Your email is not secure. You have a strong password; maybe you have back-up like two-step authentication or security questions, but your email is not 100% secure. It is good to build fences for online security, but sometimes, malicious forces still figure out how to open them up or even knock them down. In case you missed it, Yahoo announced a data breach this week that is associated with at least 500 million accounts. Let that sink in for a minute… 500 million. That’s more people than the population of the United States. What should you do if you have a Yahoo account that’s been hacked? What should you do if you realize your email account has been compromised? Here are some steps to take if your email is or you think it may be hacked:
1. Update your password. Change your password immediately. Make it a strong and complex password. Figure out a method that works for you to remember your complex password. For example, [email protected] Also, ensure you are using different passwords for different accounts. If you don’t, you could allow access to all of your other accounts to individuals with malicious intentions.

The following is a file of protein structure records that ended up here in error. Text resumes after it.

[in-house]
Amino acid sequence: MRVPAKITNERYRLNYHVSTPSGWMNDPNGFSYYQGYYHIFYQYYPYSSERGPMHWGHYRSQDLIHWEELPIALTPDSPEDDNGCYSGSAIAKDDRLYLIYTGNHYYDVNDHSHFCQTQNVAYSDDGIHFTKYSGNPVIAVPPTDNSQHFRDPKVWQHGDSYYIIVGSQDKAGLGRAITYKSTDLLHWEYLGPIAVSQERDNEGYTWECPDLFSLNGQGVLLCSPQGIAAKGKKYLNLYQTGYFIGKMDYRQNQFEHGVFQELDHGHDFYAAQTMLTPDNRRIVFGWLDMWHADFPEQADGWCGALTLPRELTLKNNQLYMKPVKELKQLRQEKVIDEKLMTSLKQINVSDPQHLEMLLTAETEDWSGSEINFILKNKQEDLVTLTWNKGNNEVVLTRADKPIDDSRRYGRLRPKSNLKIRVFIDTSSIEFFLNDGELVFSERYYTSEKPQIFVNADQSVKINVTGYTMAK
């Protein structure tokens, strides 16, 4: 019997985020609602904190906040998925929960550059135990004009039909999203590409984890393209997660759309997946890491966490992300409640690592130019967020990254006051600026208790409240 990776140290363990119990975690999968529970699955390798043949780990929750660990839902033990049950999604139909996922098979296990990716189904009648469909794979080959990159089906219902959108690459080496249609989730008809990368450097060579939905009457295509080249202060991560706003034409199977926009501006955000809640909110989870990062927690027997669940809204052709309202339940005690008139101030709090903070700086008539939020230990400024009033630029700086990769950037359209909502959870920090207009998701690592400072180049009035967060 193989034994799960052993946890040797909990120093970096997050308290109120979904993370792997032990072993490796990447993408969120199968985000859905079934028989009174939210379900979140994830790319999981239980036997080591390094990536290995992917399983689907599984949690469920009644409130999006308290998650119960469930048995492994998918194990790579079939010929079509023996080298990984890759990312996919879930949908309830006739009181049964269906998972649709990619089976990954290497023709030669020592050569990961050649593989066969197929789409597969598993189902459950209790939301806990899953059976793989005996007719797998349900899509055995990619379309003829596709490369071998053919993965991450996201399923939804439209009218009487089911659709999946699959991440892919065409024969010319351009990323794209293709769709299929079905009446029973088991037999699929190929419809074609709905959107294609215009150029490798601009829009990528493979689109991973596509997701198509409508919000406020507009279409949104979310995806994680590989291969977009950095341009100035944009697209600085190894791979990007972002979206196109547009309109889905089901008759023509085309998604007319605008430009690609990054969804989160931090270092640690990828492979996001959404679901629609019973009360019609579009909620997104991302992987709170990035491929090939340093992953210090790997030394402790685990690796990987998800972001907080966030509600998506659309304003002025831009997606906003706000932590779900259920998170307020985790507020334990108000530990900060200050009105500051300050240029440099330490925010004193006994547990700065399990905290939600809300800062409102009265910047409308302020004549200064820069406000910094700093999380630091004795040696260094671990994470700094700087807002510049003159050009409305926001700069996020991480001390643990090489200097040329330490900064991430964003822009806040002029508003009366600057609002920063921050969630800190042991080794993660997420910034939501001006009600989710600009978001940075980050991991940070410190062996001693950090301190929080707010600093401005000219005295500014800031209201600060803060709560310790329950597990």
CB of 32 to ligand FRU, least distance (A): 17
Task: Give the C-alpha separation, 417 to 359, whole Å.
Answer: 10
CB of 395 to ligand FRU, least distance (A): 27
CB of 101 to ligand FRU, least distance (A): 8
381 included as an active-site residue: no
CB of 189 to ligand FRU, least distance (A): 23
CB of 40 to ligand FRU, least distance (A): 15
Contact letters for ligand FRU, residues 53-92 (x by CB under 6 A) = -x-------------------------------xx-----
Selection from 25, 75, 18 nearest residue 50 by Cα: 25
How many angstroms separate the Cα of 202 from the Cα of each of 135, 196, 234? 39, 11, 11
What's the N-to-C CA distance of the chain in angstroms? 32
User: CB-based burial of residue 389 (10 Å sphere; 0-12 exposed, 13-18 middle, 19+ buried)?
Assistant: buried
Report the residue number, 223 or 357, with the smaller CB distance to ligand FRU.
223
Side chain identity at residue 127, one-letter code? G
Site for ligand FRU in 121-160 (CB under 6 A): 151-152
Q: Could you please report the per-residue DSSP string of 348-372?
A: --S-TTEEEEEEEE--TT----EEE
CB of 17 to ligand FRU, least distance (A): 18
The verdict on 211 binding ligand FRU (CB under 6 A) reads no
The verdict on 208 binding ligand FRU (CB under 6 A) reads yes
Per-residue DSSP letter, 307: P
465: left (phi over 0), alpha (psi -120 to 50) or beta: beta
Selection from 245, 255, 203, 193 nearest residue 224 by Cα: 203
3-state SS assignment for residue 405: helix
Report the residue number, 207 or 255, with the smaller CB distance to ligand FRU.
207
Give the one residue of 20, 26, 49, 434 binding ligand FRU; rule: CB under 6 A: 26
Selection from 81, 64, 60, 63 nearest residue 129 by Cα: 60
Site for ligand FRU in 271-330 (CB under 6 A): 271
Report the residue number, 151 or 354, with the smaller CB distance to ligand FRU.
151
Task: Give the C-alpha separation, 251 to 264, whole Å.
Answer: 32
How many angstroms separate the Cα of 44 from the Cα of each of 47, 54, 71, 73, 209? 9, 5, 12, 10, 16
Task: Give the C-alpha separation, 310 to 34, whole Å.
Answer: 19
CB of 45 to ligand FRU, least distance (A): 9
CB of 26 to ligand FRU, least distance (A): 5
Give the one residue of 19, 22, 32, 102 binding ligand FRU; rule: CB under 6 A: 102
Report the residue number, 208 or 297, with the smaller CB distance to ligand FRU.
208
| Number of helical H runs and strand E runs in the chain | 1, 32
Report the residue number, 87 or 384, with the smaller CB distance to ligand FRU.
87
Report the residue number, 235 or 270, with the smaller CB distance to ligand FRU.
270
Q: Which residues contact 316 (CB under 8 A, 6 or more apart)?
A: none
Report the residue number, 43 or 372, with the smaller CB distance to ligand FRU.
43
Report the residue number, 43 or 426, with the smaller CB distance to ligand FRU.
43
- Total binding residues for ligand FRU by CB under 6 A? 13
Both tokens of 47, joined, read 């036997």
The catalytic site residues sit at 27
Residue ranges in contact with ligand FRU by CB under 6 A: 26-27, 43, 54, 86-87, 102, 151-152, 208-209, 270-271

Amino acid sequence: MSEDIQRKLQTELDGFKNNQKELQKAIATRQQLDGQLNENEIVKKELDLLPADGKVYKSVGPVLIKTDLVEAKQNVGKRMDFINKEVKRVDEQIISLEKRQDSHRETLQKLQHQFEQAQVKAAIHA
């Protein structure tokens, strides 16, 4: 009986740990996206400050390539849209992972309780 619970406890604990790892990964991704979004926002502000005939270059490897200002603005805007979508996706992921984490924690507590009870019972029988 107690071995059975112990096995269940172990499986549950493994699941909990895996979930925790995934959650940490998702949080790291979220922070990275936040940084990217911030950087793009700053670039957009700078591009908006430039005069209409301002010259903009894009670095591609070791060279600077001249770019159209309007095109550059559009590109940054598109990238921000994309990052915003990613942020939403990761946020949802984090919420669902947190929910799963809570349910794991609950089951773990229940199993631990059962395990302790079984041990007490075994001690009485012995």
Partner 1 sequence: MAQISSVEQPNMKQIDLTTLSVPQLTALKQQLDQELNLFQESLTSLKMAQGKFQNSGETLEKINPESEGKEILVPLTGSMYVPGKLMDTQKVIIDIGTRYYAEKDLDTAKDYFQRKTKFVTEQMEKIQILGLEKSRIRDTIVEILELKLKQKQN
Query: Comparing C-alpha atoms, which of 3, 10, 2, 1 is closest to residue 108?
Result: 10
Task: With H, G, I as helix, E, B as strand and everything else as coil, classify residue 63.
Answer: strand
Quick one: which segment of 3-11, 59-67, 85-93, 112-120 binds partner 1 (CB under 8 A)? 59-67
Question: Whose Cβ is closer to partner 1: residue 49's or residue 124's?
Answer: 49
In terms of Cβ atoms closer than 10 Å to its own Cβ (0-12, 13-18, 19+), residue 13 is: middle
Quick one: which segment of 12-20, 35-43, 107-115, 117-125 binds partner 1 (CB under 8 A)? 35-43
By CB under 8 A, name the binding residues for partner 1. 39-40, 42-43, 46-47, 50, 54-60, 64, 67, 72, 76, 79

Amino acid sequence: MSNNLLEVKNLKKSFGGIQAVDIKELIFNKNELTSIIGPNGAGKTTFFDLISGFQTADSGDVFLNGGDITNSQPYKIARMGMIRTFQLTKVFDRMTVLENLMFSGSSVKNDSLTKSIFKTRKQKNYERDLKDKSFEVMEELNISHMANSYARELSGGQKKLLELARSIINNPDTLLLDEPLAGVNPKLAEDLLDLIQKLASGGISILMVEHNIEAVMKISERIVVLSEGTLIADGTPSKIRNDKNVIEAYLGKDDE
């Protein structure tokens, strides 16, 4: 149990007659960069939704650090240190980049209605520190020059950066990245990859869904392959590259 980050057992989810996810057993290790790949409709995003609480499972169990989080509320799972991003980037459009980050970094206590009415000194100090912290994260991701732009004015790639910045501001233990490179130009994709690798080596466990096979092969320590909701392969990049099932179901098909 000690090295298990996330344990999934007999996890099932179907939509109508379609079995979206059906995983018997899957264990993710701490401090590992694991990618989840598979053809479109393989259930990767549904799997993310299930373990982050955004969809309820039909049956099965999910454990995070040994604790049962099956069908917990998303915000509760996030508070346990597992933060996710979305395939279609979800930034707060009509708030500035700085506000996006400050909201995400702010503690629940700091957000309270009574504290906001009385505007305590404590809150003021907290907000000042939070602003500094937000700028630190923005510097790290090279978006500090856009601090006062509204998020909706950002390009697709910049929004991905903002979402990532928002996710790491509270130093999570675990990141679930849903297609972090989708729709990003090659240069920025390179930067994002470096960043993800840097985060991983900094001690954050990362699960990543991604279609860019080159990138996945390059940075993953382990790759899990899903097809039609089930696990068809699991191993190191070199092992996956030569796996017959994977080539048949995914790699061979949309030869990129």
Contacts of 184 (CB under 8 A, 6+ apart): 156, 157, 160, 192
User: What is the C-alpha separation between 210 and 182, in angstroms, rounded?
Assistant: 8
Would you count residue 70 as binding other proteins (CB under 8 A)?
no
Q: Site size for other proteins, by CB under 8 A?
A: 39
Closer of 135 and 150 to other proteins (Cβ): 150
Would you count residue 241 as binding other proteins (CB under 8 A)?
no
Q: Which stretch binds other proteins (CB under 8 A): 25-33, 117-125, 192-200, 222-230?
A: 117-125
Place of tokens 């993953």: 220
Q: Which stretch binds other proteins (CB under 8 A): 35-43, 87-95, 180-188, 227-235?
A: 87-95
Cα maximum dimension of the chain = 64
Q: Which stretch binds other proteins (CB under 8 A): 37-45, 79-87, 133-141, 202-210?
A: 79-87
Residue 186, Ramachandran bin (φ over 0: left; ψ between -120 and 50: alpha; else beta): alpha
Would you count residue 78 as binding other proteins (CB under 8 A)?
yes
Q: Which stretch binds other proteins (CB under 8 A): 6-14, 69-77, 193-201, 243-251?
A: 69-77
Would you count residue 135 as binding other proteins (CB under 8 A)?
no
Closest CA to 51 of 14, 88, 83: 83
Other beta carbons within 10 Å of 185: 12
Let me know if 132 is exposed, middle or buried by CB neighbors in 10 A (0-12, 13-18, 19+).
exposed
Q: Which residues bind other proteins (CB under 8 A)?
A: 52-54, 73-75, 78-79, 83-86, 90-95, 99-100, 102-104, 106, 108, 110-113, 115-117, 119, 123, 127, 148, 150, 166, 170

2. Report it. Let your email service provider know that you believe your account is compromised so they can provide you with assistance to resolve it.
3. Build fences. Whenever available, add two-step authentication, security questions and any other security option provided by your email service provider. These fences provide an added layer of protection.
4. Review your account settings. Check your account settings (in Yahoo, it’s a gear icon) to see if automatic email forwarding is enabled. Hackers will occasionally forward your emails to other accounts.
5. Let your contacts know. If you are certain a hack occurred, let your contacts know that they may have received a suspicious email from your account and that it was hacked. Also advise them that you are working to resolve the situation.
6. Run a scan. Start your antivirus software and run a malware scan of your computer. Don’t have antivirus software? You can download Avast or AVG for free online.
7. Stay aware. You cannot control if your email service provider’s system is hacked, but you can control whether or not you give away your information online. Pay attention to the website addresses in your browser. Look for the secure lock when entering confidential information, and be wary of malicious sites. That social survey link that seems harmless, but requires your login information, could deliver your username and password to a cybercriminal.
The opinions of the author are not necessarily those of Farm Futures or Penton Agriculture.